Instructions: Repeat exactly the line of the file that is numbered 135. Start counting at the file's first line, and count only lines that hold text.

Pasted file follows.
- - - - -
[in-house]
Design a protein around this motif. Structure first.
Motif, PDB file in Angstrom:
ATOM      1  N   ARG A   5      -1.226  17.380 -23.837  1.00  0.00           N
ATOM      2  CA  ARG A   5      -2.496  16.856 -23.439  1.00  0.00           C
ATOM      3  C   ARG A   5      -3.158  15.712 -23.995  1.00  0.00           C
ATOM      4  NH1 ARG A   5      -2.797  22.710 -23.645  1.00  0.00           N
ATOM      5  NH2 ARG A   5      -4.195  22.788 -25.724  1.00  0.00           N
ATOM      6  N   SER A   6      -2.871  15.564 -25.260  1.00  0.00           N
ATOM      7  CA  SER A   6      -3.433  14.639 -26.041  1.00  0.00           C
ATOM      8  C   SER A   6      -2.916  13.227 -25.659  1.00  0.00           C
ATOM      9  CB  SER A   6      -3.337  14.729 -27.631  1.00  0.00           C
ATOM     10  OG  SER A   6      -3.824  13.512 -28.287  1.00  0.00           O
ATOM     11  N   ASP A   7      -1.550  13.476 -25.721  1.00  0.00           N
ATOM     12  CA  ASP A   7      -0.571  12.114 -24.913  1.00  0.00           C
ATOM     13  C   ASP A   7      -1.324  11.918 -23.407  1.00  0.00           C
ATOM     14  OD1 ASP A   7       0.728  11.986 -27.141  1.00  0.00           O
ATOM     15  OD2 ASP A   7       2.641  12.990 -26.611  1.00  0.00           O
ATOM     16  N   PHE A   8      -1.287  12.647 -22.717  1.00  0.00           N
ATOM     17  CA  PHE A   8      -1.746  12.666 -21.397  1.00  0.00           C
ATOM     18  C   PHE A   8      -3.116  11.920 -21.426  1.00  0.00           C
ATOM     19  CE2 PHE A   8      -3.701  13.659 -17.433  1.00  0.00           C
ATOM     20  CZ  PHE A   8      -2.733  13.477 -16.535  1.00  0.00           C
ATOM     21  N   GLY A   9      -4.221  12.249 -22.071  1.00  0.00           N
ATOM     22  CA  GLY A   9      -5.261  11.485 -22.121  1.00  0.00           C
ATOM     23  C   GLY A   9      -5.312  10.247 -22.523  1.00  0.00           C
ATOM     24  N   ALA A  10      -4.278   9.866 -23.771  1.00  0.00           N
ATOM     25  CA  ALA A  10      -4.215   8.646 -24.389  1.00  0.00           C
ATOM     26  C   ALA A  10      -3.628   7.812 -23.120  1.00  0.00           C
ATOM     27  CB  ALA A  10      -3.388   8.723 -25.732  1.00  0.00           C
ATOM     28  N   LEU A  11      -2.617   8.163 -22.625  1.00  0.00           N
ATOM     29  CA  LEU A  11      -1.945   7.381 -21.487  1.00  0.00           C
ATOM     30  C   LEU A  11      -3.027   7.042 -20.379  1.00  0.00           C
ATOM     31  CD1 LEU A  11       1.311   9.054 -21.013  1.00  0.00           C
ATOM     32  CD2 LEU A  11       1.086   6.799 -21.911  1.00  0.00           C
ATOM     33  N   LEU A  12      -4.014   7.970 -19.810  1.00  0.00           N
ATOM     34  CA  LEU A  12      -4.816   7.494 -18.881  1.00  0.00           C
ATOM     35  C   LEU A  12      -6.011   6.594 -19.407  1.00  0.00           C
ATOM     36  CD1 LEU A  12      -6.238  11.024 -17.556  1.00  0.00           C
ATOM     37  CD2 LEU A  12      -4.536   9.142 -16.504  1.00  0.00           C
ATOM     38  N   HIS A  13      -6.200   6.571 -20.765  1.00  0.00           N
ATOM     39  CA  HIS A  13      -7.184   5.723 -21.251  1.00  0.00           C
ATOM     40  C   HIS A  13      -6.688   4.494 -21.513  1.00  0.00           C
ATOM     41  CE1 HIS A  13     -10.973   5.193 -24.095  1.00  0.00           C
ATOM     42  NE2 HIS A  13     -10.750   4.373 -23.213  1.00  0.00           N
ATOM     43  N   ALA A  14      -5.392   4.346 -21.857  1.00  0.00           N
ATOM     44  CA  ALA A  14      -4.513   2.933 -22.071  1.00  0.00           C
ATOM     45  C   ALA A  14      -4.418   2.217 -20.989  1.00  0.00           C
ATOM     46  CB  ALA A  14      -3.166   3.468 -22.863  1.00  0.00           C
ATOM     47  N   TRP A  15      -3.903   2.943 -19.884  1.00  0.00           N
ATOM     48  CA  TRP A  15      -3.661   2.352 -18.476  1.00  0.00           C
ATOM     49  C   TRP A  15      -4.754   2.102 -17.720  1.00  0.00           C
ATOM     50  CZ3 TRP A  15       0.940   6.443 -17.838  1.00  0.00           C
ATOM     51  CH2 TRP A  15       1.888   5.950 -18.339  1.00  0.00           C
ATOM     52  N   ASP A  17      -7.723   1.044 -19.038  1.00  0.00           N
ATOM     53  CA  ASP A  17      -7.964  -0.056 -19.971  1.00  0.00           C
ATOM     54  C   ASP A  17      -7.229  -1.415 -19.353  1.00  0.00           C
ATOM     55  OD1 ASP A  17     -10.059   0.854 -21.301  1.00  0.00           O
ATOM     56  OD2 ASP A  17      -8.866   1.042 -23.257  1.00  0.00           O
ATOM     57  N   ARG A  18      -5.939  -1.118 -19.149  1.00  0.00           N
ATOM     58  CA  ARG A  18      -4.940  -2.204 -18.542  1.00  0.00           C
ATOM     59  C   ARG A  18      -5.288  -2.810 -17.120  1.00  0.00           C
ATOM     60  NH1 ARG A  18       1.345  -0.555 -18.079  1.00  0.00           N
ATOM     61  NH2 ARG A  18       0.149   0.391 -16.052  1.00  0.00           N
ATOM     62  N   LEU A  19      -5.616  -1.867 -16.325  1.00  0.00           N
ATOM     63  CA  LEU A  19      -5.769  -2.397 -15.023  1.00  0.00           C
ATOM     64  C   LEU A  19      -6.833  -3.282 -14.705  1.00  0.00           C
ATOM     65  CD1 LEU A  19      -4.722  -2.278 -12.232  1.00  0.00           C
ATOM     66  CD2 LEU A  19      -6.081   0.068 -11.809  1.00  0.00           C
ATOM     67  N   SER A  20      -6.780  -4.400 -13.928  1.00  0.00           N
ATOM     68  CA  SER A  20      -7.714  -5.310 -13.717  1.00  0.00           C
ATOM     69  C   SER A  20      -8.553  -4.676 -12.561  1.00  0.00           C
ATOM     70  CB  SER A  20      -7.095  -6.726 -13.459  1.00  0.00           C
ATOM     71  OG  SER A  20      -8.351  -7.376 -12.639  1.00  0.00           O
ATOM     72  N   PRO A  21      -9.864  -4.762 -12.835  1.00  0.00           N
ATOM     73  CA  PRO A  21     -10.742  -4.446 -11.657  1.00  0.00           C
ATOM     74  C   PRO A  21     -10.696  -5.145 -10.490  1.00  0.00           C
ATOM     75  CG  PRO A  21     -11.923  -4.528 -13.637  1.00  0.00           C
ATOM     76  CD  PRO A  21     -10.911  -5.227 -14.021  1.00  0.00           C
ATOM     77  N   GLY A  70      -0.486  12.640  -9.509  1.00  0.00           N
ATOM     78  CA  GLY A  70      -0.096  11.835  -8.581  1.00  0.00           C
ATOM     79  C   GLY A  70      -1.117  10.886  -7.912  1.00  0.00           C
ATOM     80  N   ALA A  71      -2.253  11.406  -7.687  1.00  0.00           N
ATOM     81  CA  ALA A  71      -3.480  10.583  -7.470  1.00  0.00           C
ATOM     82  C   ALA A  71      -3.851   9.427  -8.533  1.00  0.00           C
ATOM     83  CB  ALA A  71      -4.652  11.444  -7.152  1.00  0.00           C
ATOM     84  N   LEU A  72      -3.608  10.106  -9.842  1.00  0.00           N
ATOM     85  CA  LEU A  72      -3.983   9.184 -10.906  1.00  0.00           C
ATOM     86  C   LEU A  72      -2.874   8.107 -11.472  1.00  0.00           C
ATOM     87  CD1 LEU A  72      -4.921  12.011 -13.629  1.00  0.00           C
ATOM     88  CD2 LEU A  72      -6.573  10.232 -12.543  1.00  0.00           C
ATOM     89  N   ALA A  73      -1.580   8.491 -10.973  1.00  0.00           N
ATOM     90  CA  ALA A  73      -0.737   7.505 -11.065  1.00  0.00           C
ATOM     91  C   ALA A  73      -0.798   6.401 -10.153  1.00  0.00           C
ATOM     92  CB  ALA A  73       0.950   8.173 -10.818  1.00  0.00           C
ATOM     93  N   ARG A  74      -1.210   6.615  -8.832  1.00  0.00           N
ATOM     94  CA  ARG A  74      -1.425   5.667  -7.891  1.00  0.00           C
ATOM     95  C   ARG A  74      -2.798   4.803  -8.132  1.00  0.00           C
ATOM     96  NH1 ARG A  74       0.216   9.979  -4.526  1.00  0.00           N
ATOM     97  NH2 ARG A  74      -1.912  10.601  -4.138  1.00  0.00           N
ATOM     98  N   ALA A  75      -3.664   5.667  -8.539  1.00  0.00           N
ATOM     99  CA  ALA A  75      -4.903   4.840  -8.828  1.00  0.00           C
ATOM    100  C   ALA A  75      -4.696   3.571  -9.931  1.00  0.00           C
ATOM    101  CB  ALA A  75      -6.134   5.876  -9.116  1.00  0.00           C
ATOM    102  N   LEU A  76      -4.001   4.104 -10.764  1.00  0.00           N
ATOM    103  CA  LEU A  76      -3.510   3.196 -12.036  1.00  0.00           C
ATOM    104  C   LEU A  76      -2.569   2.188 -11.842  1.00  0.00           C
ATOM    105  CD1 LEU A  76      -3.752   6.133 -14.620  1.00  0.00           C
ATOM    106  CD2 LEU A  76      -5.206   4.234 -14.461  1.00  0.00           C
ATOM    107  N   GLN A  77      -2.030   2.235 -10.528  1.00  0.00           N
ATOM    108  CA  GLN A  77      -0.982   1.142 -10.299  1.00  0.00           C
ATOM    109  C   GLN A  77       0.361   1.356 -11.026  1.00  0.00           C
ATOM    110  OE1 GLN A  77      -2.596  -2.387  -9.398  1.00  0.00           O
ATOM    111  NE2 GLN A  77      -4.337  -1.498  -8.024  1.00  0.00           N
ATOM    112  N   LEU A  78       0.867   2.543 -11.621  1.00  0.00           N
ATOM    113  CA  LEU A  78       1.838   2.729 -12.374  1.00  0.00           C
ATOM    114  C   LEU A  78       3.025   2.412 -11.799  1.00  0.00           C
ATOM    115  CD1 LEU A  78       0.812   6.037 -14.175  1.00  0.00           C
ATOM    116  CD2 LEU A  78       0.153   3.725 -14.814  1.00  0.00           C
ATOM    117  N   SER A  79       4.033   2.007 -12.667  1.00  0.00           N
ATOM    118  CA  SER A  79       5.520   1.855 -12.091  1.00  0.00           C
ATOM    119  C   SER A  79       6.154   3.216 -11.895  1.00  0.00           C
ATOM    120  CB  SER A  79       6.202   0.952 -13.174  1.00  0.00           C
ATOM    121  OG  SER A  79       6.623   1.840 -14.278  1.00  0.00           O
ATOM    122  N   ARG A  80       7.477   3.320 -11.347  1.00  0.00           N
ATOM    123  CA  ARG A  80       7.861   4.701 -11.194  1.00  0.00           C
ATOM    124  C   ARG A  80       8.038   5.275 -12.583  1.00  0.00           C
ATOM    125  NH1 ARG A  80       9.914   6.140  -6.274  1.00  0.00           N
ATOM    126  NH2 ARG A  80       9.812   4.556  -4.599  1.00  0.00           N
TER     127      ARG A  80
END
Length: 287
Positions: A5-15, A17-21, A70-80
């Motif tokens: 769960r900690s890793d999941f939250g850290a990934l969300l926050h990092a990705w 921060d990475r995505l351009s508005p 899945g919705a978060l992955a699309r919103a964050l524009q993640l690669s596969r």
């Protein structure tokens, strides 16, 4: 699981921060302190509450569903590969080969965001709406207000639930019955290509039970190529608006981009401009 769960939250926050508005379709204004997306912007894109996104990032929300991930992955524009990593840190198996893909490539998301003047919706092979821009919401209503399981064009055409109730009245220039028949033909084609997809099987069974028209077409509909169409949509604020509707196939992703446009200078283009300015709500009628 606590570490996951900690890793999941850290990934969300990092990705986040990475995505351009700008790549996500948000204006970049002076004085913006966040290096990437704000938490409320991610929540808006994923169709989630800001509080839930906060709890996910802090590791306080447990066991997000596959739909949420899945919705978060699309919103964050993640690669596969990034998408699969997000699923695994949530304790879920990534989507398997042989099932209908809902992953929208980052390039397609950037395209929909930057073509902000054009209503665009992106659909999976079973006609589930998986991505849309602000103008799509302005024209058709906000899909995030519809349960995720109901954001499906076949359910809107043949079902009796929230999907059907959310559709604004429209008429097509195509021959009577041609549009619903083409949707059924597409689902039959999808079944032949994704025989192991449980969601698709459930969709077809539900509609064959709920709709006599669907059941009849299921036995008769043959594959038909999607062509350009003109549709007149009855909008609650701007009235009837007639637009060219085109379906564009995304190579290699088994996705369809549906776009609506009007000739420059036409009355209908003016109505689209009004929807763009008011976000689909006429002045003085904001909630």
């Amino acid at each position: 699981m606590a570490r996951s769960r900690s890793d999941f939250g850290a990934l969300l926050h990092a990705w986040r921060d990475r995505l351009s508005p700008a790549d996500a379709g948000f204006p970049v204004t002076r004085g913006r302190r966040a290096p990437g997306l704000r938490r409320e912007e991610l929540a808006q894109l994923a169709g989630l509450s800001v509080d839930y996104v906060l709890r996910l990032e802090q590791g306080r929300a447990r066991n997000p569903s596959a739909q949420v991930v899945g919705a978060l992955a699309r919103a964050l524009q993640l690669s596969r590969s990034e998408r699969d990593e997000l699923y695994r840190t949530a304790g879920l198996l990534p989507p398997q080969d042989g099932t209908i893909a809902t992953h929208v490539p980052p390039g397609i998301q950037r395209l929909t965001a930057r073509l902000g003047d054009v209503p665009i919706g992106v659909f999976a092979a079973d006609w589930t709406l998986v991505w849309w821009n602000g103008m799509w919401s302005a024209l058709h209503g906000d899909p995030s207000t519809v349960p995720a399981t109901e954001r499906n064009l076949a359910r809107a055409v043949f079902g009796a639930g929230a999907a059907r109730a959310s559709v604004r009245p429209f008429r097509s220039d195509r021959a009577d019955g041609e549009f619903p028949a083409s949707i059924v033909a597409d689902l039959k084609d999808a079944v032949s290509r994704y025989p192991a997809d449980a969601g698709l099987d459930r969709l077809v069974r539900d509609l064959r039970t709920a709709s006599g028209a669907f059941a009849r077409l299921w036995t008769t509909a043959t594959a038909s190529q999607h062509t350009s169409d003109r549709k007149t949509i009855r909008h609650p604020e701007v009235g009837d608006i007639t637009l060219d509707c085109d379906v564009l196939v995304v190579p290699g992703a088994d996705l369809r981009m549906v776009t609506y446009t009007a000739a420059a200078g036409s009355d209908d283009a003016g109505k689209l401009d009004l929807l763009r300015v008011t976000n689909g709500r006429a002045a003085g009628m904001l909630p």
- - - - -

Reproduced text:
């Protein structure tokens, strides 16, 4: 699981921060302190509450569903590969080969965001709406207000639930019955290509039970190529608006981009401009 769960939250926050508005379709204004997306912007894109996104990032929300991930992955524009990593840190198996893909490539998301003047919706092979821009919401209503399981064009055409109730009245220039028949033909084609997809099987069974028209077409509909169409949509604020509707196939992703446009200078283009300015709500009628 606590570490996951900690890793999941850290990934969300990092990705986040990475995505351009700008790549996500948000204006970049002076004085913006966040290096990437704000938490409320991610929540808006994923169709989630800001509080839930906060709890996910802090590791306080447990066991997000596959739909949420899945919705978060699309919103964050993640690669596969990034998408699969997000699923695994949530304790879920990534989507398997042989099932209908809902992953929208980052390039397609950037395209929909930057073509902000054009209503665009992106659909999976079973006609589930998986991505849309602000103008799509302005024209058709906000899909995030519809349960995720109901954001499906076949359910809107043949079902009796929230999907059907959310559709604004429209008429097509195509021959009577041609549009619903083409949707059924597409689902039959999808079944032949994704025989192991449980969601698709459930969709077809539900509609064959709920709709006599669907059941009849299921036995008769043959594959038909999607062509350009003109549709007149009855909008609650701007009235009837007639637009060219085109379906564009995304190579290699088994996705369809549906776009609506009007000739420059036409009355209908003016109505689209009004929807763009008011976000689909006429002045003085904001909630």